8. Location of care

If it is not possible for the twins to be put together (because there is a risk of infection, for example) explain this to the parents as sensitively as you can. After a twin dies, cot occupancy will often present a challenge on the unit. There is rarely enough flexibility at hospitals to provide all parents with ideal accommodation for themselves and their babies. It is painful for parents who have lost a twin to be surrounded by other twins, or to see a new admission in the cot where your baby used to be. Where possible, and after speaking with the parents, ask if they would like to move to a different room or cot space.  Parents find hospital discharge of their surviving twin back into the ‘real world’ a difficult and stressful time. Good communication with community services is vitally important.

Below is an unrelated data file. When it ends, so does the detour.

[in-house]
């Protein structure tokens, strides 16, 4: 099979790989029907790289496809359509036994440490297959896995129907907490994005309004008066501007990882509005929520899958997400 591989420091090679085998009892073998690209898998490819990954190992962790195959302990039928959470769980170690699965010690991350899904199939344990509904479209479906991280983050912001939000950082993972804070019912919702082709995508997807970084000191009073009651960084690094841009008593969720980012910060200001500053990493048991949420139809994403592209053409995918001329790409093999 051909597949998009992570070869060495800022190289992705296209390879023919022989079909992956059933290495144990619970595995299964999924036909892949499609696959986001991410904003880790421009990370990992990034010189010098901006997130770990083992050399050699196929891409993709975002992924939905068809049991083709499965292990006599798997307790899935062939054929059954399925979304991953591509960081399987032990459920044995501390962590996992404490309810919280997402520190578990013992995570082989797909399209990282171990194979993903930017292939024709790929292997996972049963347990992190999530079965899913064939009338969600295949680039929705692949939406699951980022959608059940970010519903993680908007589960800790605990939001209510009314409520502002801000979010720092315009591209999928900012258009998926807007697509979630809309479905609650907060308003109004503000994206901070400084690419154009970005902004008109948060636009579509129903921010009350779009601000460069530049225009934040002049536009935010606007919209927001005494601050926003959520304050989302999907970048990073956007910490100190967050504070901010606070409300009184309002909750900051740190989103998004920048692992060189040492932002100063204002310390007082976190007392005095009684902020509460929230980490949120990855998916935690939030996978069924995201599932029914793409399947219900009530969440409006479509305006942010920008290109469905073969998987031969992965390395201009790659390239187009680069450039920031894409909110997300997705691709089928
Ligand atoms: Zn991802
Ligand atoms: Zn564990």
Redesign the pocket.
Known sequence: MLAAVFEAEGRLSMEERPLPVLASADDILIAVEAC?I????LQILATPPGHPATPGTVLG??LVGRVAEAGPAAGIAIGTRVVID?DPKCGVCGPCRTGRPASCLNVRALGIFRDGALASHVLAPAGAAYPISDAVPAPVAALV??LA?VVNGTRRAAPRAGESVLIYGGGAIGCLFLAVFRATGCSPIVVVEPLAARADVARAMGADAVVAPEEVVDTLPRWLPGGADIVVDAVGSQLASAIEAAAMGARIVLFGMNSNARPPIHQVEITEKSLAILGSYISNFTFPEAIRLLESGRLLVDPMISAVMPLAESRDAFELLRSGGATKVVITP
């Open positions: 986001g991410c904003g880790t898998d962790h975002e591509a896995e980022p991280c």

• Think about cot and rooms usage on the neonatal unit – where might parents want the surviving twin to be cared for?
  • Demonstrate empathy when other twins are being cared for nearby
  • Speak to parents and individualise care

There were some people you would love them to look after your baby, so you could go home.

I was annoyed they didn’t tell me my baby’s health was deteriorating.